A lot of us have started websites that are either for the sake of our employer or our personal business ventures. Unfortunately, after paying someone for an overpriced website design package and setting up eCommerce and other features, those websites tend to become obsolete because we simply aren’t getting enough attention.
Protect your investment
A website is an investment just like anything else in the world of business, so naturally you’re going to be able to calculate its ROI (return on investment). If your website is simply sucking up money from your business budget and isn’t achieving much else, then perhaps it’s time to either take down the website or actually make use of it so it doesn’t become an expensive drain on your finances.
The first thing you should consider is your audience. There are naturally some businesses and industries that thrive on the internet. Niche services are popular among internet users because they provide products that can’t be simply bought from a local store, and there are of course some online-only services that can’t be provided physically. These types of businesses almost require a website, but does that apply to your business?
It’s common knowledge that a business website can drive sales, but if you’re fairly new to the industry then chances are a website is going to spread your resources too thinly. Once you’ve built up a local reputation in your store or business, you can then decide to expand and tackle the online world. The reverse isn’t necessarily true; you can’t start an online business and then move to a physical store that easily—it’s an entirely different game.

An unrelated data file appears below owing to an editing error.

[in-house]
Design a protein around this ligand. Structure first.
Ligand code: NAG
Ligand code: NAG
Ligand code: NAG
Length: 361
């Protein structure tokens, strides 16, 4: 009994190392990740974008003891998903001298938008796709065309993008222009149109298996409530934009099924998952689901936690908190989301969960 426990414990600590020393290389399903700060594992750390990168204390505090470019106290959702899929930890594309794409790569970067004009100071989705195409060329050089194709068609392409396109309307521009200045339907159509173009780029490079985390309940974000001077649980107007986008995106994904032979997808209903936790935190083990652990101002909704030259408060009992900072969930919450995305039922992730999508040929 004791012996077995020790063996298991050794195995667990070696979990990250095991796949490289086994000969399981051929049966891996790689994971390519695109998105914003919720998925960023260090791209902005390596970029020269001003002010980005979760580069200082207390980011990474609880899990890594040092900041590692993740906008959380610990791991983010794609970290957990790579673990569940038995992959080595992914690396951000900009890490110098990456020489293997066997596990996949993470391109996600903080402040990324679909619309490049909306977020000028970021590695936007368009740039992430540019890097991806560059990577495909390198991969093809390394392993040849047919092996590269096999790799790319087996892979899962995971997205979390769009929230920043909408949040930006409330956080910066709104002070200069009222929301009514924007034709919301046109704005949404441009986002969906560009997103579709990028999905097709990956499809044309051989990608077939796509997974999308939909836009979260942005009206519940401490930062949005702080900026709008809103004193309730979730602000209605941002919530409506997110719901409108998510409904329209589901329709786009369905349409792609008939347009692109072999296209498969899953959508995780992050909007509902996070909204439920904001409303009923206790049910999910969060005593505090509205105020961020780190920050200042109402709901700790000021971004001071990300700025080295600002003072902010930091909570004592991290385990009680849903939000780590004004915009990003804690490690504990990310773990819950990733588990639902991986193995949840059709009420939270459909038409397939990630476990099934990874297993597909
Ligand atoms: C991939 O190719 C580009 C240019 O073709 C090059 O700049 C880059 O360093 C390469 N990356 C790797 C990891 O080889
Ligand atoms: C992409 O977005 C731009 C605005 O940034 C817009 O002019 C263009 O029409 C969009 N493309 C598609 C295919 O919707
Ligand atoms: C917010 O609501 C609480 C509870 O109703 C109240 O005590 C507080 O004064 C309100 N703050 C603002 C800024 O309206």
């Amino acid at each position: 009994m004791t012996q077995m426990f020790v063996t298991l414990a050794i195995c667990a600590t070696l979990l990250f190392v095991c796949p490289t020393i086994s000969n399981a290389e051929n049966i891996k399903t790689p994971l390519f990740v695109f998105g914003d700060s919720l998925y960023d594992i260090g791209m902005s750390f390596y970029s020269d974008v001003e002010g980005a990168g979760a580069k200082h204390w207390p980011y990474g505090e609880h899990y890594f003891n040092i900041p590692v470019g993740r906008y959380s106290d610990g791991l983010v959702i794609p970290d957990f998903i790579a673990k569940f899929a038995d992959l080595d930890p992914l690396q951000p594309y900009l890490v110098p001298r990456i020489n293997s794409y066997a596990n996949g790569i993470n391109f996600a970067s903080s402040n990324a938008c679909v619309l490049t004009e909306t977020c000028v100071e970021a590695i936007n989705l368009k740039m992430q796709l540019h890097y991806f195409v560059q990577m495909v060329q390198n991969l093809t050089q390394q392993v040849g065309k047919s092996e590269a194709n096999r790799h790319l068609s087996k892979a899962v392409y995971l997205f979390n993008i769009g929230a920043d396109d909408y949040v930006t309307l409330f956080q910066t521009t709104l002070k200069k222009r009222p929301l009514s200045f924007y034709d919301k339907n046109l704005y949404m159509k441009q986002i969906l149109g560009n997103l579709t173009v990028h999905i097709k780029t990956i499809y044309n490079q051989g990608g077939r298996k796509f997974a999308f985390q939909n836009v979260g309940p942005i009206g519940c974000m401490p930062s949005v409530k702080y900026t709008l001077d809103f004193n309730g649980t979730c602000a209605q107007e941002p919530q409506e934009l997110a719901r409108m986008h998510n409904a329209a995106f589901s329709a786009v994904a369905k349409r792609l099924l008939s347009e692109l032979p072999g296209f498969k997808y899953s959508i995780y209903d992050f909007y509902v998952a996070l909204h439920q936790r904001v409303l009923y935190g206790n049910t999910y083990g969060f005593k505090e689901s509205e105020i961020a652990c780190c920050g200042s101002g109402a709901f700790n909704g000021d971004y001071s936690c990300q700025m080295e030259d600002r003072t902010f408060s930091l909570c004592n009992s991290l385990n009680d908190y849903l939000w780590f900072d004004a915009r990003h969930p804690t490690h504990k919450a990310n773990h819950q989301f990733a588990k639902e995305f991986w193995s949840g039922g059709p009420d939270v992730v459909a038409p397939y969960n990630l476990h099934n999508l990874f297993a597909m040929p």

Optimising your website
There are many ways to give your website an extra kick when it comes to improving your return on investment. One of those ways is to analyse your conversion rate.
Conversion rate is a simple concept to understand. It is essentially the percentage of users on your website that ends up doing something meaningful that will benefit your business. If you run an online store, then your conversion rate would refer to the number of visitors that bought an item. If you run a blog, your conversion rate could be the number of people that comment.
For instance, if you receive 50,000 visitors in a single month and you made a total of 500 sales, then that’s a 1% conversion rate. Web hosts typically have stats that show you the number of unique visitors you had and your eCommerce platform will also have a history of sales, making it easy to calculate your own conversion rate. However, it’s never a bad idea to contact a CRO agency to see what professional strategies are available to make your website more attractive to customers.
Keep attracting customers
One of the most straightforward ways of drawing attention is to simply advertise. Where you advertise depends on your intended audience, but platforms such as Twitter and Facebook allow targeted advertising which will only show your advertisements to users who match your audience. This form of targeted promotion increases the conversion rate substantially because your visitors aren’t just regular people—they’re people that already have some interest in your product.